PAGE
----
Crowing wrote:One of my best friends has been working with hardware since he was very young, majored in CS, and works in IT at Garmin. He thinks Lenovos suck cock, but that's just one opinion, much like yours or mine are.
I have worked with hardware since I was very young (which btw, doesn't mean shit in this conversation). I majored in CS (which for the most part doesn't mean shit in this conversation). I've worked in IT for 10 years now. I don't need my friends to tell me what I already know, that in an organization with 1000+ employees where 95% of them use Lenovo laptops, we have relatively few hardware issues on the whole. We get new laptops every few years, so over my past 3 years at this company, we've seen a couple thousand Lenovo laptops come through here. There's a reason we still use them, and why we switched from Dell 4 years ago.
I've been fairly active in the online laptop gaming community for many years. You're going to get a wide spectrum of opinions regarding brands. Lenovos have a pretty decent reputation overall, but you're not going to find people pushing them as the best bang for the specs. There are plenty of solid manufacturers out there that are not as well known. Their primary weakness is poor customer support, but that's easily circumvented by going through a builder like Xotic and getting technical support through that service.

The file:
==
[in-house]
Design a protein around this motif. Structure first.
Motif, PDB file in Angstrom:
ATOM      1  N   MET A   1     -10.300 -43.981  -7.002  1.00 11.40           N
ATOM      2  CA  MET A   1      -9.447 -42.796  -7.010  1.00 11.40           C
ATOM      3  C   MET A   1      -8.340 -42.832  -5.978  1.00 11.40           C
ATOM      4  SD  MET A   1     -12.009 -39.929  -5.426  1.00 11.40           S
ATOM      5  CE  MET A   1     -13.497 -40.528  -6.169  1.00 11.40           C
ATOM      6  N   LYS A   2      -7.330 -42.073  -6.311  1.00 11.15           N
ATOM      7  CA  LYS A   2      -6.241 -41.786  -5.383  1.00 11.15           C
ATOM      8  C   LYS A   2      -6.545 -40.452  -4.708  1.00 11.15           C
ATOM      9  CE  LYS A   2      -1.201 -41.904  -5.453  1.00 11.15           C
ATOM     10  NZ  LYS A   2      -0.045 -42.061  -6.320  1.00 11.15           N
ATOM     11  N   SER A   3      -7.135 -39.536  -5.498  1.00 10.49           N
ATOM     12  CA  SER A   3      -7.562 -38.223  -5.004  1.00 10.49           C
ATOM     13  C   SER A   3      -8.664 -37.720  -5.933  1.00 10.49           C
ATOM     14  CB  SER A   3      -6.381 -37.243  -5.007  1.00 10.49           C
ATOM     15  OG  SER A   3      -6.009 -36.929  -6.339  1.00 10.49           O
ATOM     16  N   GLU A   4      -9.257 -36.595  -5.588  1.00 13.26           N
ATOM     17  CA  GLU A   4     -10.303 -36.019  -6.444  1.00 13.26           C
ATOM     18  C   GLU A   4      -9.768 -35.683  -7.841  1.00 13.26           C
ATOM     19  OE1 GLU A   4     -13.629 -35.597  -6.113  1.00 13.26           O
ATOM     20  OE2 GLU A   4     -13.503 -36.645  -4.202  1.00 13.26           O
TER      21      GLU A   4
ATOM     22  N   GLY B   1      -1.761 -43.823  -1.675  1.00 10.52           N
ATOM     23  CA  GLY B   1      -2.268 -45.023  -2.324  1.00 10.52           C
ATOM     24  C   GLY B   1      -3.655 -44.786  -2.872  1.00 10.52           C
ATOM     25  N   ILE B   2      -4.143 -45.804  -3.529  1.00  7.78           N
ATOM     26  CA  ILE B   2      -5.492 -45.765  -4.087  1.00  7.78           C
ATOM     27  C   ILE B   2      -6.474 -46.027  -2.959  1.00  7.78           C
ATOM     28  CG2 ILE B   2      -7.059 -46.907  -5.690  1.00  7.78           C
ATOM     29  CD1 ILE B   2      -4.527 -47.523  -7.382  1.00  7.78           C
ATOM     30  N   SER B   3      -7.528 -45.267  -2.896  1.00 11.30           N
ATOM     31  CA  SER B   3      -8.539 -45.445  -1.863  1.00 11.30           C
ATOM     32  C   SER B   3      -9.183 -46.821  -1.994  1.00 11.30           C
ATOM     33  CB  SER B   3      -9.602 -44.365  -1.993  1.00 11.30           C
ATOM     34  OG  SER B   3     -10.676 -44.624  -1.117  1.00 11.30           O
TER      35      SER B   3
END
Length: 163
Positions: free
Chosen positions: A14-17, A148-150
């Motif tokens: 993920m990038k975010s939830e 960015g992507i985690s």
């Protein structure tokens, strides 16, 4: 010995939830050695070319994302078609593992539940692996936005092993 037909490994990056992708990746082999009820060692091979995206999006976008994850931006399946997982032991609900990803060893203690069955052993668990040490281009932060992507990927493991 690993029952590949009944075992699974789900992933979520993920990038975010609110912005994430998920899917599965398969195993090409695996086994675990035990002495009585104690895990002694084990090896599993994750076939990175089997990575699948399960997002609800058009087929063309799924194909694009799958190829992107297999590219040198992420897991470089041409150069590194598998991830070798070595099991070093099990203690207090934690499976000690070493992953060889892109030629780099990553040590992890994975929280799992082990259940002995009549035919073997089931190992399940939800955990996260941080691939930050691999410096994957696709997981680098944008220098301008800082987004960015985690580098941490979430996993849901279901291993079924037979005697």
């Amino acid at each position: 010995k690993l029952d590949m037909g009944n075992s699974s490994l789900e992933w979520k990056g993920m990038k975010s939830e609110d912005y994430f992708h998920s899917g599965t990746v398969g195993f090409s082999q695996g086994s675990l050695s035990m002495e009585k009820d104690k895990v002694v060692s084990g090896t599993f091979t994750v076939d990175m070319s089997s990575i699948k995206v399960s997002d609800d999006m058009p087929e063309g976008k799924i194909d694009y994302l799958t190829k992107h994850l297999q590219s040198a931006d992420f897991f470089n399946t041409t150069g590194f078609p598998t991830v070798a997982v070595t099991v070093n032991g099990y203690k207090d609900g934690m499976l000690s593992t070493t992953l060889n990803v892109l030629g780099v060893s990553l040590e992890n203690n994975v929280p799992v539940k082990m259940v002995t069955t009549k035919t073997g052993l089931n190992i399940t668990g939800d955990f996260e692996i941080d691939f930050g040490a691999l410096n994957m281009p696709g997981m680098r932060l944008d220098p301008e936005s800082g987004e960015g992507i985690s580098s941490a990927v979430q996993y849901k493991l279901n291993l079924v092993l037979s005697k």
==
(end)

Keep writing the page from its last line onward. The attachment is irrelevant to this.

The online laptop gaming community is a great resource for buying a great gaming laptop. They are a terrible resource for getting a laptop to use for law school. The needs are completely different. The gaming community would never stop to consider how good of a laptop the Lenovo business line is because the laptops are not designed for gaming. How many frames per second a laptop gets playing latest FPS or MMO is irrelevant to a law student interesting in getting an affordable reliable laptop to do work.
If I were buying a laptop for gaming, I would immediately dismiss every laptop without a dedicated video card, because that's a critical component of a gaming platform. That criteria doesn't mean shit for picking out a law school laptop, and so I would never have exposure to or evaluate the vast majority of laptops on the market, many of which would be great for a law student. This is why I think a person who's experience with computer hardware is limited to gaming platforms is a terrible source of information regarding law school laptops.
Lenovo's consumer line may be hit or miss, but their business line has been great.
But even outside the Lenovo brand. If anyone is trying to get a decent laptop for law school, and do it for as cheap as possible, there is no reason to spend more then $500-600 on something brand new.